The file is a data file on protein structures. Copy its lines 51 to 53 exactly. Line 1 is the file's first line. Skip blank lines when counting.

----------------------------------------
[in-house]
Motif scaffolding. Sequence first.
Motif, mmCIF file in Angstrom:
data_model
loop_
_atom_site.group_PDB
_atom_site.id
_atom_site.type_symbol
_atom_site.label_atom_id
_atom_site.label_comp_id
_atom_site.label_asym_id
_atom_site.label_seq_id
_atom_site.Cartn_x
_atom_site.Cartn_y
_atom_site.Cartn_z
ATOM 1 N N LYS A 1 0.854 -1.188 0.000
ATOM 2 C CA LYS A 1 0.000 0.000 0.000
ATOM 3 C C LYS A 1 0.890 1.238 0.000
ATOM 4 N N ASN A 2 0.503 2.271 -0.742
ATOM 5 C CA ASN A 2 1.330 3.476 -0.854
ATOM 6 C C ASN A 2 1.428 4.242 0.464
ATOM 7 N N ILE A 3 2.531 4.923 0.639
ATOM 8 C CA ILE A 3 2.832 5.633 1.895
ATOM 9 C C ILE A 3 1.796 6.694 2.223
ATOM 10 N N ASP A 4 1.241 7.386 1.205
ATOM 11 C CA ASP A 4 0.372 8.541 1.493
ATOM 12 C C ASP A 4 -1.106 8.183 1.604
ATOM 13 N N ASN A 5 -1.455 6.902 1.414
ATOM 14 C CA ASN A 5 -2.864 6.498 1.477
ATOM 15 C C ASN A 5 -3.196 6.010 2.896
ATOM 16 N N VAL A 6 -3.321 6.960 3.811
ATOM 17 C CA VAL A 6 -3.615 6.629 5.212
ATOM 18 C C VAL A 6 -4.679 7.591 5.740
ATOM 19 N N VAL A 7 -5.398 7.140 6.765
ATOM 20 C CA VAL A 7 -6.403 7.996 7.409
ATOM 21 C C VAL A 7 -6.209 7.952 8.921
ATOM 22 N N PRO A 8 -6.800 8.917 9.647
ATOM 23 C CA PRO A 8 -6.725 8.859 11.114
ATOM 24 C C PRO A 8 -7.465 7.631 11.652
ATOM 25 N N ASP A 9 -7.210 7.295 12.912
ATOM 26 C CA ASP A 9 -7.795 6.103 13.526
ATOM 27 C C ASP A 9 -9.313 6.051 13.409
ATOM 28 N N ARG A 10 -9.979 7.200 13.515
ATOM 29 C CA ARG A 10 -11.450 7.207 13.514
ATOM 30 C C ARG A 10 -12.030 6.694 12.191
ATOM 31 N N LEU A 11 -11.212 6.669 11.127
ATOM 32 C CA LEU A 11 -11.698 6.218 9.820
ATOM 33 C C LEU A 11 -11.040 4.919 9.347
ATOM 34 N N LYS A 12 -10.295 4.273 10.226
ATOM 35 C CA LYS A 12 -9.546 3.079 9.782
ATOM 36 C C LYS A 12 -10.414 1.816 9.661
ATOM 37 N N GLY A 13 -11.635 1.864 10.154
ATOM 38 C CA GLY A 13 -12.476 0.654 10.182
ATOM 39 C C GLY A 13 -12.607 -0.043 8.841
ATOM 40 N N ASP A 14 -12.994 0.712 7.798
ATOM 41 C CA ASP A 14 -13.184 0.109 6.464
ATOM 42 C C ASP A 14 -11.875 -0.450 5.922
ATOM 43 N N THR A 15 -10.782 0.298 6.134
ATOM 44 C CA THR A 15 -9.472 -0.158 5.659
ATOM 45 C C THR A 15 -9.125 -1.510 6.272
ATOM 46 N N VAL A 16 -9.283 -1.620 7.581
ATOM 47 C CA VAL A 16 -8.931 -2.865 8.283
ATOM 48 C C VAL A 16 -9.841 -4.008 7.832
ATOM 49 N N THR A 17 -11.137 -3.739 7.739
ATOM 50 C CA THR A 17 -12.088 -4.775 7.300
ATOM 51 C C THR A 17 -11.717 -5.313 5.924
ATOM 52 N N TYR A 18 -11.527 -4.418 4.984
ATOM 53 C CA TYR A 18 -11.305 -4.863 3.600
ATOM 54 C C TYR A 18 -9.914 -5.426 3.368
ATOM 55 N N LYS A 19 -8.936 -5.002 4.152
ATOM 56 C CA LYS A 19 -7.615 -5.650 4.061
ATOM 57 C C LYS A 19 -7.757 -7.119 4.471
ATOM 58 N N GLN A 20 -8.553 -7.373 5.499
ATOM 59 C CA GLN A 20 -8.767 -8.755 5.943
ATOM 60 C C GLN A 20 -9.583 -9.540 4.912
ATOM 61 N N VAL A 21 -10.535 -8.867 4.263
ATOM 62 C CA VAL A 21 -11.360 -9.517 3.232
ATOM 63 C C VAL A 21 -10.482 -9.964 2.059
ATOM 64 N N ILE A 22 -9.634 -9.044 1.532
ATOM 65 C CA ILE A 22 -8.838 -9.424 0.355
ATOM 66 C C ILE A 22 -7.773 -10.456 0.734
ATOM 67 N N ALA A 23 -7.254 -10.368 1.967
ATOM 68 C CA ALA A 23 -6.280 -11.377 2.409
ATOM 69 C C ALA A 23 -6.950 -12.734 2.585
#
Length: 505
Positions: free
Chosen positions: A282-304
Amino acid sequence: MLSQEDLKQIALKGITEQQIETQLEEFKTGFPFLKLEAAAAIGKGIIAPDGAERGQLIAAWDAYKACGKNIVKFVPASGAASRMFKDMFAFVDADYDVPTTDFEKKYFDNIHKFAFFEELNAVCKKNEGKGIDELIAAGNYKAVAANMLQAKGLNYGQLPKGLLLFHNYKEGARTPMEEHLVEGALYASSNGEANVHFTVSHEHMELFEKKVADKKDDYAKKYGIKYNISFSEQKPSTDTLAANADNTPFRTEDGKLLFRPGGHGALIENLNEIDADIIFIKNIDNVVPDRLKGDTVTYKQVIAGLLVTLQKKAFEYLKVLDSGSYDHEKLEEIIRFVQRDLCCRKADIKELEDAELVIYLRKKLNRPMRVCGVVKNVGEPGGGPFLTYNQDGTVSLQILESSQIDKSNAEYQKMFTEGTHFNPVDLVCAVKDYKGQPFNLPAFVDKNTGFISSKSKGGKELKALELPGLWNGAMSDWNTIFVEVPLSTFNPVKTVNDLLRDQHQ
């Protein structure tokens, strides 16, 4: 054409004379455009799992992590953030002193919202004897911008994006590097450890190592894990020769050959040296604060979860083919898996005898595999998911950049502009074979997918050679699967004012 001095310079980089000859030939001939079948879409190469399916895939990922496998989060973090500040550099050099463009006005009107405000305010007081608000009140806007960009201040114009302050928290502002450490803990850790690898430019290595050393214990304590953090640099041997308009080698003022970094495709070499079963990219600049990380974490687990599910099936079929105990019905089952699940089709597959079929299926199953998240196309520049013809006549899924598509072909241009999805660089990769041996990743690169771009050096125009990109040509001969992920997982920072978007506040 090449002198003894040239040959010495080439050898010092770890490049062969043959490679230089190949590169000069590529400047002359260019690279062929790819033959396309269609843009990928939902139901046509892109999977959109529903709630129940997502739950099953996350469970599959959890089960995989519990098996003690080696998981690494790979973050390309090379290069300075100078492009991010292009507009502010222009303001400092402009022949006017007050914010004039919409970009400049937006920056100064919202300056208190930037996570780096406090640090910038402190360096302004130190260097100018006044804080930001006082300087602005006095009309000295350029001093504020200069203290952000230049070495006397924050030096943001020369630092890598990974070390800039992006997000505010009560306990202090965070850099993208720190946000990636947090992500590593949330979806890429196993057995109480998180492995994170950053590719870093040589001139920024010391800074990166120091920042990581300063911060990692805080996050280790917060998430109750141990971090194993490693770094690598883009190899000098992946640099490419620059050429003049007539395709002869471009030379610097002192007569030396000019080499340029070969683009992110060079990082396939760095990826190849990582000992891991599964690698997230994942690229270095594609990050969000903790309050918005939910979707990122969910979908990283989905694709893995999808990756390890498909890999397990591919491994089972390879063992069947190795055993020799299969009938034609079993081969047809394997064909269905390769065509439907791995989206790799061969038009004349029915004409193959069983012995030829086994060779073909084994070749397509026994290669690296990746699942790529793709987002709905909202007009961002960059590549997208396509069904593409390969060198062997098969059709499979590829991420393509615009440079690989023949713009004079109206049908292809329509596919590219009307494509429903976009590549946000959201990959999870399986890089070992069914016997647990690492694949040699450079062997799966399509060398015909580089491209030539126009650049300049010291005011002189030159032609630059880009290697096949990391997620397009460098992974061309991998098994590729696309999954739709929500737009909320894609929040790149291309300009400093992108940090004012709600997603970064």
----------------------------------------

ATOM 36 C C LYS A 12 -10.414 1.816 9.661
ATOM 37 N N GLY A 13 -11.635 1.864 10.154
ATOM 38 C CA GLY A 13 -12.476 0.654 10.182